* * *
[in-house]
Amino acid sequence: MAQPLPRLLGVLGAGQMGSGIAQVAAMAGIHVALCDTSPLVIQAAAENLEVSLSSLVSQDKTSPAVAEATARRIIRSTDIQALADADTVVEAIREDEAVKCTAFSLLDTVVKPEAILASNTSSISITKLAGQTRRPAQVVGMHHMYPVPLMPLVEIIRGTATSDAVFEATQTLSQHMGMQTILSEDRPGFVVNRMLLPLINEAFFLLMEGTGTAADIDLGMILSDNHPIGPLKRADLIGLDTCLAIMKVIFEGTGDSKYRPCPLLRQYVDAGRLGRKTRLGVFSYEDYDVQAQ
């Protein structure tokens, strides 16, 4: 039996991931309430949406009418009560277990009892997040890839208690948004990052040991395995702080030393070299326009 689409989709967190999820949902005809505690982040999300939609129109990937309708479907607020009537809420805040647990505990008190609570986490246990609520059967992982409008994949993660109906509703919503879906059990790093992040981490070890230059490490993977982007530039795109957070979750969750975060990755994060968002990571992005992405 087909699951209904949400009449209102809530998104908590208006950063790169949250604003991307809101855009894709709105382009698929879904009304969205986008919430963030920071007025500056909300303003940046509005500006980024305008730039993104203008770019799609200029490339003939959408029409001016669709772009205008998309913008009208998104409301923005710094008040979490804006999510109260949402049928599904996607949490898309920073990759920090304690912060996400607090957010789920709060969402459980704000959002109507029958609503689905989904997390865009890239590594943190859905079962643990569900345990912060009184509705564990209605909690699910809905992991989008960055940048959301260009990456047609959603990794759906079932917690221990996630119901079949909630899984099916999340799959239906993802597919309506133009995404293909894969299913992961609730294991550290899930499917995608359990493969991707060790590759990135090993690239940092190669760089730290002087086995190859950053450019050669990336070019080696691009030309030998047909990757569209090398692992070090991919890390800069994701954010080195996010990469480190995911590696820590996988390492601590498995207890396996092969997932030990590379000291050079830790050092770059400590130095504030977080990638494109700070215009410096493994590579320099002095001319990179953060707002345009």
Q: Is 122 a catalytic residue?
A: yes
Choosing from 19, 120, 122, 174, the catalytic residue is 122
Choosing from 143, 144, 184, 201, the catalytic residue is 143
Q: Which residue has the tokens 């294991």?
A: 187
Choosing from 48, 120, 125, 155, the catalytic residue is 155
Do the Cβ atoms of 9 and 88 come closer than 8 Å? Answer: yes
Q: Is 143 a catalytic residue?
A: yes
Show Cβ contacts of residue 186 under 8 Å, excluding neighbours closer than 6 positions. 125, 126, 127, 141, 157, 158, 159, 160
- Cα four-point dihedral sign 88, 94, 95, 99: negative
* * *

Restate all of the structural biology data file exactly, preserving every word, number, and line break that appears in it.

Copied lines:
[in-house]
Amino acid sequence: MAQPLPRLLGVLGAGQMGSGIAQVAAMAGIHVALCDTSPLVIQAAAENLEVSLSSLVSQDKTSPAVAEATARRIIRSTDIQALADADTVVEAIREDEAVKCTAFSLLDTVVKPEAILASNTSSISITKLAGQTRRPAQVVGMHHMYPVPLMPLVEIIRGTATSDAVFEATQTLSQHMGMQTILSEDRPGFVVNRMLLPLINEAFFLLMEGTGTAADIDLGMILSDNHPIGPLKRADLIGLDTCLAIMKVIFEGTGDSKYRPCPLLRQYVDAGRLGRKTRLGVFSYEDYDVQAQ
């Protein structure tokens, strides 16, 4: 039996991931309430949406009418009560277990009892997040890839208690948004990052040991395995702080030393070299326009 689409989709967190999820949902005809505690982040999300939609129109990937309708479907607020009537809420805040647990505990008190609570986490246990609520059967992982409008994949993660109906509703919503879906059990790093992040981490070890230059490490993977982007530039795109957070979750969750975060990755994060968002990571992005992405 087909699951209904949400009449209102809530998104908590208006950063790169949250604003991307809101855009894709709105382009698929879904009304969205986008919430963030920071007025500056909300303003940046509005500006980024305008730039993104203008770019799609200029490339003939959408029409001016669709772009205008998309913008009208998104409301923005710094008040979490804006999510109260949402049928599904996607949490898309920073990759920090304690912060996400607090957010789920709060969402459980704000959002109507029958609503689905989904997390865009890239590594943190859905079962643990569900345990912060009184509705564990209605909690699910809905992991989008960055940048959301260009990456047609959603990794759906079932917690221990996630119901079949909630899984099916999340799959239906993802597919309506133009995404293909894969299913992961609730294991550290899930499917995608359990493969991707060790590759990135090993690239940092190669760089730290002087086995190859950053450019050669990336070019080696691009030309030998047909990757569209090398692992070090991919890390800069994701954010080195996010990469480190995911590696820590996988390492601590498995207890396996092969997932030990590379000291050079830790050092770059400590130095504030977080990638494109700070215009410096493994590579320099002095001319990179953060707002345009």
Q: Is 122 a catalytic residue?
A: yes
Choosing from 19, 120, 122, 174, the catalytic residue is 122
Choosing from 143, 144, 184, 201, the catalytic residue is 143
Q: Which residue has the tokens 């294991």?
A: 187
Choosing from 48, 120, 125, 155, the catalytic residue is 155
Do the Cβ atoms of 9 and 88 come closer than 8 Å? Answer: yes
Q: Is 143 a catalytic residue?
A: yes
Show Cβ contacts of residue 186 under 8 Å, excluding neighbours closer than 6 positions. 125, 126, 127, 141, 157, 158, 159, 160
- Cα four-point dihedral sign 88, 94, 95, 99: negative